According to Builder Developer Magazine, millennials want more space — indoors and out. Many adopted dogs during their confinement; 80 percent of millennials own dogs and a desire for room for their pets to play outside. Multi-family communities with dog runs and grooming stations are booming. Yards top the must-have list for many millennials.
Other popular options are light, bright functional kitchens with plenty of storage. Cooking at home is essential these days, and minimizing the number of shopping trips is important.
Layouts that offer privacy are more popular than open-floor plans that make it impossible to work from home while kids play. Sliding doors and partitions solve this problem nicely. What’s more, integrated power, connectivity, smart appliances and remote controls are crucial.
7. Stay on their radar
Millennials are the most brand-loyal generation. This means they are likely to remain loyal to agents if they’re happy with their service. They will use their agent for the next transaction and recommend him or her to others. That’s a bonus because these recommendations carry enormous weight with their peers.
Staying in contact with these happy buyers is very likely to provide a continuing income stream. Establishing yourself as a trusted source of information can pay huge dividends down the road. Here are a few ways you can do this:
- Show that you care about them as people. The pandemic has been really stressful, even for those who kept their jobs and can afford to buy homes. It’s more important than ever that agents stay away from pushy sales-oriented behavior during the COVID crisis.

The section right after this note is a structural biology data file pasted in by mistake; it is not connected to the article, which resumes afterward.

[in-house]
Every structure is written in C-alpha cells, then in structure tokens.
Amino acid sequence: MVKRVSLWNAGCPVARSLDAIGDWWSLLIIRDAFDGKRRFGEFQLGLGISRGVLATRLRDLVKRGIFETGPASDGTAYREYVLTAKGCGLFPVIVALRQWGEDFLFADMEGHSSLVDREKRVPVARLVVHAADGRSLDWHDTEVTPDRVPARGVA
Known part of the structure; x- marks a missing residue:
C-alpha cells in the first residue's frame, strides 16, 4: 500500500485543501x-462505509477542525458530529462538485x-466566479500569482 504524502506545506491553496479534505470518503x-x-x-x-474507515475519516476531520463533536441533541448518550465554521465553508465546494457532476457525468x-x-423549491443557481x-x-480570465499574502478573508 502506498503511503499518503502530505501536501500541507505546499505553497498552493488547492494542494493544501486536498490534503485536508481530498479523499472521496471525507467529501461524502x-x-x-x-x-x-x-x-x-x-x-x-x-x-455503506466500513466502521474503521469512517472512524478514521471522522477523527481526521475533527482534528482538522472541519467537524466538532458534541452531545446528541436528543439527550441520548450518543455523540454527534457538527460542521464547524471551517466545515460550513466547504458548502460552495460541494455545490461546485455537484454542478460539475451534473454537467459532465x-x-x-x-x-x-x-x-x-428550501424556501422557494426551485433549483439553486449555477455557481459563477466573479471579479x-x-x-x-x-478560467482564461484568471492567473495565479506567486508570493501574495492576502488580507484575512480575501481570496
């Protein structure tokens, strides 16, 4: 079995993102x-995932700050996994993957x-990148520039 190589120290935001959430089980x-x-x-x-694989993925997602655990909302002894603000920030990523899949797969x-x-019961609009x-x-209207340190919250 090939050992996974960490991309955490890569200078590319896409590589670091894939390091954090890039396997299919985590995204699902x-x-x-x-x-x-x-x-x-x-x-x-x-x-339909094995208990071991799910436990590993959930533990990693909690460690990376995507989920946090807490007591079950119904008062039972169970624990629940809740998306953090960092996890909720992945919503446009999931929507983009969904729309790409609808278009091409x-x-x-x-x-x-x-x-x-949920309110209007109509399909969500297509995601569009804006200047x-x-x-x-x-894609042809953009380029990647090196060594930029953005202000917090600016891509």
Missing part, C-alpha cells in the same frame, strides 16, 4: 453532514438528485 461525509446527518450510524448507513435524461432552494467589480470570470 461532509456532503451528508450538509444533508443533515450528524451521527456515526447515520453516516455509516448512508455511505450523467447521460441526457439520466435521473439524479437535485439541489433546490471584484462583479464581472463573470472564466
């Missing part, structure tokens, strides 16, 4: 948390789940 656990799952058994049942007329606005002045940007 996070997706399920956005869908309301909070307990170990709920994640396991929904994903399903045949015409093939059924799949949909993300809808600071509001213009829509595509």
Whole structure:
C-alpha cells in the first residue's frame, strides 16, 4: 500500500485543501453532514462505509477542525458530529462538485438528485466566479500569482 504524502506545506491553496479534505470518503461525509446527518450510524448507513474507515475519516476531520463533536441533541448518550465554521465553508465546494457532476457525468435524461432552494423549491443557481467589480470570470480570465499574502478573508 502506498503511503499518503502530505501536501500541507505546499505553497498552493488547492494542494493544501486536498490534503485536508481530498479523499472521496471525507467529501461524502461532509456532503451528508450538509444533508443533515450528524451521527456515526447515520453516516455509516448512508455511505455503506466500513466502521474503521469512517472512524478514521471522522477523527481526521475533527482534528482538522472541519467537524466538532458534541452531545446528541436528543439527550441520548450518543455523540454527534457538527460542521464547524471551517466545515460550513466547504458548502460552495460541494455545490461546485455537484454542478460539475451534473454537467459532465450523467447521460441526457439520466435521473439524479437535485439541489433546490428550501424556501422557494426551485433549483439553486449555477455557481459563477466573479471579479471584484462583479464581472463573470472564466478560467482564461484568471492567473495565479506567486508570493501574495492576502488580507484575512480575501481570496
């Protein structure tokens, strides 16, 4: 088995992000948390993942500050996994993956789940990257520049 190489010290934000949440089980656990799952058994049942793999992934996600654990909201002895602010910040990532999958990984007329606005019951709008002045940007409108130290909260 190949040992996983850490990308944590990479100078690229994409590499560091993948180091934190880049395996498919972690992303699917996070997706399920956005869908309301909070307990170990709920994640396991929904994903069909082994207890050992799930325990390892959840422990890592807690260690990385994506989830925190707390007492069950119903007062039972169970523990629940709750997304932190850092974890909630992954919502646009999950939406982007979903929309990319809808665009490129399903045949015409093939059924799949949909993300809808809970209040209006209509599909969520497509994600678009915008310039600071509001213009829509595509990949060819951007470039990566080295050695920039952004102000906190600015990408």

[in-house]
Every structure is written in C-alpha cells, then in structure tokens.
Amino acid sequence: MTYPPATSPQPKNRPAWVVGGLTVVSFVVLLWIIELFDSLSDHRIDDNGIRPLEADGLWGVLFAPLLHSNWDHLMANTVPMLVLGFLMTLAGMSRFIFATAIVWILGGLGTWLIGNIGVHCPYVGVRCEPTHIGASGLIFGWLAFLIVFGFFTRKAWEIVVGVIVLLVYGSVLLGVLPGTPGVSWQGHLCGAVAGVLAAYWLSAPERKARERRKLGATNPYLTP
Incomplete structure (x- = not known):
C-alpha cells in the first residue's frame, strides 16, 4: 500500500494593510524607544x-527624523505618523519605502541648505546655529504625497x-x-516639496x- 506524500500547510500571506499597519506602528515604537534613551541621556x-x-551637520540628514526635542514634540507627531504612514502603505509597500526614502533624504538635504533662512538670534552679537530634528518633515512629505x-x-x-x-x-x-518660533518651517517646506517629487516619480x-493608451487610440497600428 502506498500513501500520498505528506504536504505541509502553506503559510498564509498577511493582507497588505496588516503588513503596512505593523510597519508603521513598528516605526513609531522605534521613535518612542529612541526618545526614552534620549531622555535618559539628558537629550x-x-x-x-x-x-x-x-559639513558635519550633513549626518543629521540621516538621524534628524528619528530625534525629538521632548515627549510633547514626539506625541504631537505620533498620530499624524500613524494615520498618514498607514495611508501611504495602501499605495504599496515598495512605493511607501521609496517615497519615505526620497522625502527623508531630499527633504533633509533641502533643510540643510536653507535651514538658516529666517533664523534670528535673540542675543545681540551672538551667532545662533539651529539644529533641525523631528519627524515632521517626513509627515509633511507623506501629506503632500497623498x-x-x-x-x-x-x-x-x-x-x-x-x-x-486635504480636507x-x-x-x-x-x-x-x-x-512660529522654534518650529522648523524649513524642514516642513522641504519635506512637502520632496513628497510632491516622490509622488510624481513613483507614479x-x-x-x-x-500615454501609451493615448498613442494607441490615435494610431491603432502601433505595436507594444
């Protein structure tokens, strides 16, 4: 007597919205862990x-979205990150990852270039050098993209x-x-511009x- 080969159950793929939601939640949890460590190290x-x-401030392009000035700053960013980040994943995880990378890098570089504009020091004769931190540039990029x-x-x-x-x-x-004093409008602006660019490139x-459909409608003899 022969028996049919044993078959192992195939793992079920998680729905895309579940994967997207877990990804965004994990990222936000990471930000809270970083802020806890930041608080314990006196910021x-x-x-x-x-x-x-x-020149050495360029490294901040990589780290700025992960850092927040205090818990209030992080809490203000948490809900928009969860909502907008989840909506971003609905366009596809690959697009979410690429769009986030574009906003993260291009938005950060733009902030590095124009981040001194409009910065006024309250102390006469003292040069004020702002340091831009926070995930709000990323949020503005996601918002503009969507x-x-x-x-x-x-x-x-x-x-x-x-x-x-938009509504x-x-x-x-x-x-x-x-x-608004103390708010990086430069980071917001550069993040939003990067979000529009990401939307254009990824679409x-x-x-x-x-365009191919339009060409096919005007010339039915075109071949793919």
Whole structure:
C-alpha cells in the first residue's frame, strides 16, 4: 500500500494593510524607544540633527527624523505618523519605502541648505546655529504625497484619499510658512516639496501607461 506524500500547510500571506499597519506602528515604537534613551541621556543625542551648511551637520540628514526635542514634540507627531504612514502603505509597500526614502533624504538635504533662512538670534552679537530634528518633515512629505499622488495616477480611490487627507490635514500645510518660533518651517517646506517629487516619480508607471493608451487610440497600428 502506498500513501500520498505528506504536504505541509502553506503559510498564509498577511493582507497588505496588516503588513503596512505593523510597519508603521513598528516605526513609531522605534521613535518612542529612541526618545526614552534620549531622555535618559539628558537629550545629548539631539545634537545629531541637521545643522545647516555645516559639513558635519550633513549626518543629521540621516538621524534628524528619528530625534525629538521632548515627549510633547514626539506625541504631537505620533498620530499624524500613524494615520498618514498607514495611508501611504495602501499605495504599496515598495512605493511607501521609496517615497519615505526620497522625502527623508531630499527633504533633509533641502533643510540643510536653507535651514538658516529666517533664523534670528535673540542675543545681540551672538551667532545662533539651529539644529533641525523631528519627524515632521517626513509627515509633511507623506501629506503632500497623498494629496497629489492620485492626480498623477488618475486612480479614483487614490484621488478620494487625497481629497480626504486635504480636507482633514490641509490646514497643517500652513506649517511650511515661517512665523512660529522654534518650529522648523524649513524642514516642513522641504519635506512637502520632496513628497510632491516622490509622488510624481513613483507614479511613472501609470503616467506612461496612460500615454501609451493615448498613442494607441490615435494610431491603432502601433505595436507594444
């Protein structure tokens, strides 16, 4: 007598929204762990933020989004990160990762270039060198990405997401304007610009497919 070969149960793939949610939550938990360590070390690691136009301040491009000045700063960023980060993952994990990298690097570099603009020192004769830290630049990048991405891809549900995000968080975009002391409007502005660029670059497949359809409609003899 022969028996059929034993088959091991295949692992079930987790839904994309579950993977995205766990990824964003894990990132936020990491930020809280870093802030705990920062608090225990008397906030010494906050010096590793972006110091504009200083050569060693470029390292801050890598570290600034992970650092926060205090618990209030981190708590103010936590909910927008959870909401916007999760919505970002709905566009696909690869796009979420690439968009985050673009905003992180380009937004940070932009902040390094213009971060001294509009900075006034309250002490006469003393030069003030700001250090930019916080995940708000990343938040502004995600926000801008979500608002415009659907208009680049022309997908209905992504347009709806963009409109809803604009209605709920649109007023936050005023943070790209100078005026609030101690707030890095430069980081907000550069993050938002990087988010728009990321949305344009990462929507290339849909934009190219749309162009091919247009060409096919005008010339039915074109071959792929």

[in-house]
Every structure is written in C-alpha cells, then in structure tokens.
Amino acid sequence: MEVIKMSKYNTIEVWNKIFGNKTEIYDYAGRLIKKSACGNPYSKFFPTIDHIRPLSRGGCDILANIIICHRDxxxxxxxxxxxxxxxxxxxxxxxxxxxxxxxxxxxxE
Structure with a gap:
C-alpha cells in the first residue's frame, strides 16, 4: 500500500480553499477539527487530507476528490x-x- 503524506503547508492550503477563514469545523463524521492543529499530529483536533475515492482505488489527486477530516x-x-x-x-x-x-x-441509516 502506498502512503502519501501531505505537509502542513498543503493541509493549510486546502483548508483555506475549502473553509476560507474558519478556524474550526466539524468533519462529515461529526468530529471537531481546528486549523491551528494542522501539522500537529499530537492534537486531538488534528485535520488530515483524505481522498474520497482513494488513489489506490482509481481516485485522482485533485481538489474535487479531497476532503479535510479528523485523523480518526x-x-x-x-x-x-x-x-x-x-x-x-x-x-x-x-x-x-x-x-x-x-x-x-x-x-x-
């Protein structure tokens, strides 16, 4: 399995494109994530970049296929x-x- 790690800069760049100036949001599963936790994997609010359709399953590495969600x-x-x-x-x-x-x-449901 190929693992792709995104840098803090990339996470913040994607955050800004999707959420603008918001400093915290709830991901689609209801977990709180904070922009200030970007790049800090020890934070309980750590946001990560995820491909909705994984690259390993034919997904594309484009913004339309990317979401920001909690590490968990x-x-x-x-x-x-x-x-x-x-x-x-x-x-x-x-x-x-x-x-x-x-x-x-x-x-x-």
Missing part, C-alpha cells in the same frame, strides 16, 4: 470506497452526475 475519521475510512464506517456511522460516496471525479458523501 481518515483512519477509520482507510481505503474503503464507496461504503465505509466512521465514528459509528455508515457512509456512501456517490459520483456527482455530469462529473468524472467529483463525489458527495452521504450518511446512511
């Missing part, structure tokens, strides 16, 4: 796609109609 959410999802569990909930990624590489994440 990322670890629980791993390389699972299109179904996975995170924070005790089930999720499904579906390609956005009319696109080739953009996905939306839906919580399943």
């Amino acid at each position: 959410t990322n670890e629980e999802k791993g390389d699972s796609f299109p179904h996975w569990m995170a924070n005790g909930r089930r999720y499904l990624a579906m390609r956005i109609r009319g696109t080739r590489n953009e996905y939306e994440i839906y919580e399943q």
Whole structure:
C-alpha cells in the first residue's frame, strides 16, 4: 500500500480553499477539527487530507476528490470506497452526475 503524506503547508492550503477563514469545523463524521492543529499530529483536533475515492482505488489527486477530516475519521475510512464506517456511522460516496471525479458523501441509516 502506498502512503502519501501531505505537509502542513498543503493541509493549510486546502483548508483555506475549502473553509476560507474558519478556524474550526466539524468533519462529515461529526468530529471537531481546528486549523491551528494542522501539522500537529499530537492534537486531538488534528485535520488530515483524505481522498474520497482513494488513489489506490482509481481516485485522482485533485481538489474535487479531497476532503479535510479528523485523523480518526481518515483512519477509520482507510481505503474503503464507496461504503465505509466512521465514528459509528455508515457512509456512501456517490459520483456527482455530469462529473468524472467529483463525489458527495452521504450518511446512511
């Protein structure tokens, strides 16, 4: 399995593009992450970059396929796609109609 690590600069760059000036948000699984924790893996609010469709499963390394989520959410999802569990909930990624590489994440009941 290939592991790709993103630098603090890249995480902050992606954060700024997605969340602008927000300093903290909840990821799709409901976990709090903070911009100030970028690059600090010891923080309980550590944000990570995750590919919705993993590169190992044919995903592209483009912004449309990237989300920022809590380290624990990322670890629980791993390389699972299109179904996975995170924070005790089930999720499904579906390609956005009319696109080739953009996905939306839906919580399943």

- Keep communication safe. Provide all the information while acknowledging the need for safety. Respect everyone’s comfort zones.
- Develop expertise your buyers can share with their friends. A NextGen survey found that 20 percent of millennial buyers were not confident buyers. Sharing content that makes them more confident boosts your credibility.
After closing, touch base in a friendly way. Post content about DIY improvements, recipes, decorating and design tips and information for parents and pet owners as well as home-related content.
Host fun client appreciation events (when it becomes safe to do so). Be funny if that’s your style — if your first attempt at baking bread created door stops for every entrance in your home, post pictures of the offending loaves on Instagram.
Today’s world is starved for connection, and there’s no reason you can’t build relationships at the same time you make money.
Ben Mizes is the CEO of Clever Real Estate in St. Louis. Connect with him on Facebook or Twitter.